The Glendale News-Press reports on Don Short and Tamara Mark, who once had to restrain their nonverbal 10-year-old at an airport because he was acting up and was prone to self-injurious behavior. Someone called the police, who told Short to let go. Only after the child bit an officer on the knee did the police learn that he was autistic.
Short and his wife were one of four speakers who participated in the Autism Speaks’ training program aimed at providing police with a better understanding of people with autism and how to deal with them.
The organization’s Los Angeles Chapter, which funds research for autism and resources for parents, held four sessions at the Police Department for officers.
Nearly all of a group of about 20 officers who attended Tuesday’s meeting said they had responded to a call involving an autistic person.
Police are most often called to deal with a person with autism in escape and runaways incidents, said Kate Movius, project manager at Autism Speaks for the Autism Safety Program.
Law enforcement, she said, are seven times more likely to run into a person with autism than anyone else.
Movius advised officers responding to calls with an autistic person to speak slowly and assume a non-threatening stance. She also warned officers to be prepared for resistance because people with autism are often sensitive to touching.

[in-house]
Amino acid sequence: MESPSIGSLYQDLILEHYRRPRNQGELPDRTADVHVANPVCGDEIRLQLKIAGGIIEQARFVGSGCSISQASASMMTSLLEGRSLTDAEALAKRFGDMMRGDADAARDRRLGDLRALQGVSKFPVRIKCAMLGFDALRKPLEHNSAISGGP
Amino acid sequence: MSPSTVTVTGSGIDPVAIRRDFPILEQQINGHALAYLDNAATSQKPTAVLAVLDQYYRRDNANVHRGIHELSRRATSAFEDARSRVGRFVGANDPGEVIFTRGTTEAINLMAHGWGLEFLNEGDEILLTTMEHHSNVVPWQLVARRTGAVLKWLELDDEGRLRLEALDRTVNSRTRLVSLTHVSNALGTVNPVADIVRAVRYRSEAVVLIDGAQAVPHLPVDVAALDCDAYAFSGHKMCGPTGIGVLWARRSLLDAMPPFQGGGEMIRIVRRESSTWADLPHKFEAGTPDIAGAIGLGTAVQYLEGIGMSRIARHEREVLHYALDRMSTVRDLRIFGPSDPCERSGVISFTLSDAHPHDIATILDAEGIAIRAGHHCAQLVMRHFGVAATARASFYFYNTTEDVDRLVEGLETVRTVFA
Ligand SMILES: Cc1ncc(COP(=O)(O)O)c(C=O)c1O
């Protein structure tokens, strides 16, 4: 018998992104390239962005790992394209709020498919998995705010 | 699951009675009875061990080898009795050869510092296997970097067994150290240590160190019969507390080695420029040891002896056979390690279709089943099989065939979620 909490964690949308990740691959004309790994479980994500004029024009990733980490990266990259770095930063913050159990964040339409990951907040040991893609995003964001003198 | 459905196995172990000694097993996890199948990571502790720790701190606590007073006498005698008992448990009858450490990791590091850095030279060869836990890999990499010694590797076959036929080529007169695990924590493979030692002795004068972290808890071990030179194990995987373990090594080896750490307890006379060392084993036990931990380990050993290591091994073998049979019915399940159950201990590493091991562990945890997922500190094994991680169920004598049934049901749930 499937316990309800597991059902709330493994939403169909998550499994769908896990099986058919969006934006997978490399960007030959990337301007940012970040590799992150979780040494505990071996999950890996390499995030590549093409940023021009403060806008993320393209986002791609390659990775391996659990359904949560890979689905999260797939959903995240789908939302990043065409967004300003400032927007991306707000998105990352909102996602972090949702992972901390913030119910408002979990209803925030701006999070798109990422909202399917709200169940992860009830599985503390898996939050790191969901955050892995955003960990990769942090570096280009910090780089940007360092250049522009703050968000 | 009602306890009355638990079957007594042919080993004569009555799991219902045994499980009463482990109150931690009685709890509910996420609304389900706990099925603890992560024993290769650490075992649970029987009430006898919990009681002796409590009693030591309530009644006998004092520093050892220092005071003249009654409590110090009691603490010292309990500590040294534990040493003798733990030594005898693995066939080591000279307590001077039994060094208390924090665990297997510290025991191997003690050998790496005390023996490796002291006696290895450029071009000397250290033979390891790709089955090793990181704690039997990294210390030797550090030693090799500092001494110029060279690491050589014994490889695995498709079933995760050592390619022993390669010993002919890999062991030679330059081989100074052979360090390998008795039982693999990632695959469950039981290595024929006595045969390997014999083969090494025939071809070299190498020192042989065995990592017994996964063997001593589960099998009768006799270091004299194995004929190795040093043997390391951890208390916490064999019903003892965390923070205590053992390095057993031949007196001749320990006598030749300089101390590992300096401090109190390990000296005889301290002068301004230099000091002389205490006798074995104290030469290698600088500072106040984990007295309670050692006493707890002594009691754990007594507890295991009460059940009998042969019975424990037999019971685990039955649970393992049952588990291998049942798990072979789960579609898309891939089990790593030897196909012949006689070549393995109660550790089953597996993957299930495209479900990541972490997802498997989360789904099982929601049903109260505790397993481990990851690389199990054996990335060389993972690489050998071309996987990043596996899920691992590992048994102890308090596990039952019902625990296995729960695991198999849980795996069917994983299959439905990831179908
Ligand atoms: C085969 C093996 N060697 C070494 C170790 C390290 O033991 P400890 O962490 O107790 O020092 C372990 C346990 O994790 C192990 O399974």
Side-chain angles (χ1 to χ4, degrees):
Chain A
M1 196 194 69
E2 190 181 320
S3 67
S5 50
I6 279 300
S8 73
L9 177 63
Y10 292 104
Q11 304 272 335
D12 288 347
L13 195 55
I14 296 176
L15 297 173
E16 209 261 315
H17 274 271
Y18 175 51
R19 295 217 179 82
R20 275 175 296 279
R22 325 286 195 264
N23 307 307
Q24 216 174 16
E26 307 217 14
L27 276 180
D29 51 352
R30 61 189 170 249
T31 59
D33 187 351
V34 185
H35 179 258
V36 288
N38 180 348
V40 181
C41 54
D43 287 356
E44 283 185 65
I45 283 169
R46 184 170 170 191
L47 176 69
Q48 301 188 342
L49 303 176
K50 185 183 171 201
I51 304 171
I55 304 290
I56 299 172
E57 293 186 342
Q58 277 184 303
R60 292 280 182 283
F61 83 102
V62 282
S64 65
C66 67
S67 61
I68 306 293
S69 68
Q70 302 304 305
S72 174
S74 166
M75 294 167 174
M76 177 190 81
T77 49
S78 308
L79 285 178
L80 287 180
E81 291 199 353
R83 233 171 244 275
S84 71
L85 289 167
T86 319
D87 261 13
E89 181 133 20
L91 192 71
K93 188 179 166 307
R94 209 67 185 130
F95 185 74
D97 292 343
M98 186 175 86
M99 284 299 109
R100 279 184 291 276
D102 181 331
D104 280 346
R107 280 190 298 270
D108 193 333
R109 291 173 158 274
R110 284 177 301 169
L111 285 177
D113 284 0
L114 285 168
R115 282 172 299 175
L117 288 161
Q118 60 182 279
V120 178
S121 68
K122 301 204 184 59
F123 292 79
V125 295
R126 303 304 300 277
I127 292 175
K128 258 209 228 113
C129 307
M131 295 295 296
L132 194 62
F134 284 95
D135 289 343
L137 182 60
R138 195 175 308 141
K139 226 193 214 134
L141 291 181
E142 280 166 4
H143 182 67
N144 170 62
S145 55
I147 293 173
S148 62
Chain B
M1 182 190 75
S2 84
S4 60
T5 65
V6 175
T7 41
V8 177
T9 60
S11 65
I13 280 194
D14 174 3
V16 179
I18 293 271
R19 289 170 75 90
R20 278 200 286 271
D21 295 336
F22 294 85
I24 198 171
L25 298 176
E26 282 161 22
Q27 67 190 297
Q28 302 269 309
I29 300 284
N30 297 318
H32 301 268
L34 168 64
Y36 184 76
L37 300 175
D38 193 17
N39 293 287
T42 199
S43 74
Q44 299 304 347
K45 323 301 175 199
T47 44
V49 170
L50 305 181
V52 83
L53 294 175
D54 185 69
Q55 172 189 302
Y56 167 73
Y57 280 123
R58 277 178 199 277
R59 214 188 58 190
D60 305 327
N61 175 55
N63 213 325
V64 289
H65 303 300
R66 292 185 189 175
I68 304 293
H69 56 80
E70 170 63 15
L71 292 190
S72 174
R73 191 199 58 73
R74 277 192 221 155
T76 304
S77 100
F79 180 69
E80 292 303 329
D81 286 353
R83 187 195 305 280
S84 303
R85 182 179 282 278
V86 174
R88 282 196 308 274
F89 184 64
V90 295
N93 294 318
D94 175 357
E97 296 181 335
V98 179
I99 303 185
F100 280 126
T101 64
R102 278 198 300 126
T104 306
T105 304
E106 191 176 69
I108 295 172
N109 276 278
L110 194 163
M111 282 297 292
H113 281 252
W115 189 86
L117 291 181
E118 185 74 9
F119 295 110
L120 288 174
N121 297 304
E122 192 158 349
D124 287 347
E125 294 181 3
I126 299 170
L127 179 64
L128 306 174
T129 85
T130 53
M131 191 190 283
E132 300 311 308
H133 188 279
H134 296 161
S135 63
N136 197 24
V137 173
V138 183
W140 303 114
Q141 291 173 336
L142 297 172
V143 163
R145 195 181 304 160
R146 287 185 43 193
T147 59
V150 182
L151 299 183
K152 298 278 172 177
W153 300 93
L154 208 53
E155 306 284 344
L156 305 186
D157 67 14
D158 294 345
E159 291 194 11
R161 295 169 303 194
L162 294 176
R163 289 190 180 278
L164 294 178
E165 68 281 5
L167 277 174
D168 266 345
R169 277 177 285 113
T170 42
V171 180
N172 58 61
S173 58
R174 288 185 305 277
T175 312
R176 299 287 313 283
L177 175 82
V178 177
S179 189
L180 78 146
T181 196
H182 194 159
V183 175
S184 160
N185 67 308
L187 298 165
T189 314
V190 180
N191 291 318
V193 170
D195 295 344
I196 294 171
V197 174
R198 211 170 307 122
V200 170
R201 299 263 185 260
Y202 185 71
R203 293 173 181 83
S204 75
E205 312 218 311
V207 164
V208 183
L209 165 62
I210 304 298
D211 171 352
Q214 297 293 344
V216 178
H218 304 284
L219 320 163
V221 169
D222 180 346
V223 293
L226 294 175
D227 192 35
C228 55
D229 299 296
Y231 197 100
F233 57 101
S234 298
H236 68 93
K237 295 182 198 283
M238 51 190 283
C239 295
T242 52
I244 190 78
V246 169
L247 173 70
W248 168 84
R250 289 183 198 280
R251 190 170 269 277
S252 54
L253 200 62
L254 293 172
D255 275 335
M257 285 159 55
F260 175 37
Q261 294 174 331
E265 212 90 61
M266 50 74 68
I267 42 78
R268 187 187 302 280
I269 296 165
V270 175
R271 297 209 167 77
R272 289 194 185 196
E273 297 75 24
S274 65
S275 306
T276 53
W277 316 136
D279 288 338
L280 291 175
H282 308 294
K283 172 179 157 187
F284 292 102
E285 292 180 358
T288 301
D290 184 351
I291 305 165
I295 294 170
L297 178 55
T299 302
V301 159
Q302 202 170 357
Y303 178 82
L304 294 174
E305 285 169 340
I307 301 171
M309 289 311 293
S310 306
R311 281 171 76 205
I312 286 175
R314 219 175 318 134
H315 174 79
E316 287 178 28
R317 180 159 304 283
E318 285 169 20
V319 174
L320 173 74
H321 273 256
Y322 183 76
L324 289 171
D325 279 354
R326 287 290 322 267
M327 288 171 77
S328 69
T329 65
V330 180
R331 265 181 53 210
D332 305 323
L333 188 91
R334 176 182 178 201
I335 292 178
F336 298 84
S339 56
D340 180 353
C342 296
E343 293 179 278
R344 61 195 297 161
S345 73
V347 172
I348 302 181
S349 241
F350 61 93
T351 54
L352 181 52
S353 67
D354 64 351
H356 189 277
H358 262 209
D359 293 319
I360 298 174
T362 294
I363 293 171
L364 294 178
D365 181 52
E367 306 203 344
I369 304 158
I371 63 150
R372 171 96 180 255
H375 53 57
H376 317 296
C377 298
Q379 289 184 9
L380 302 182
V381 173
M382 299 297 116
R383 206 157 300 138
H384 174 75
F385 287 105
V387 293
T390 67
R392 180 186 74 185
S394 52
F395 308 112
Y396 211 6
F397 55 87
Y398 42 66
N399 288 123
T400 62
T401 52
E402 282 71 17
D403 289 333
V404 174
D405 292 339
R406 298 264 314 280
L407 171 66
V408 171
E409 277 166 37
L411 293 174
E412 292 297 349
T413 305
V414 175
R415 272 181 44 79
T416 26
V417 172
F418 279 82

People with autism can be crime victims, as this story from the Daily News Journal (Murfreesboro, TN) illustrates:
Three rape charges were filed against a Clarksville man accused of having sexual relations with a 14-year-old autistic girl after he picked her up outside a Rutherford County high school Oct. 28, according to a sheriff's office news release.
Suspect William Gilbert Barnett Jr., 36, was charged also with three counts of aggravated sexual battery by Detective Lisa McCallum, the release reads.
Detective Sgt. Mickey McCullough said Barnett picked up the girl when she got off the school bus about 8 a.m. the morning of Oct. 28, allegedly raped her in his truck and returned her about 4 p.m. to her bus stop after school.
The girl's form of autism "makes her gullible, naïve, innocent and willing to please others," McCullough said.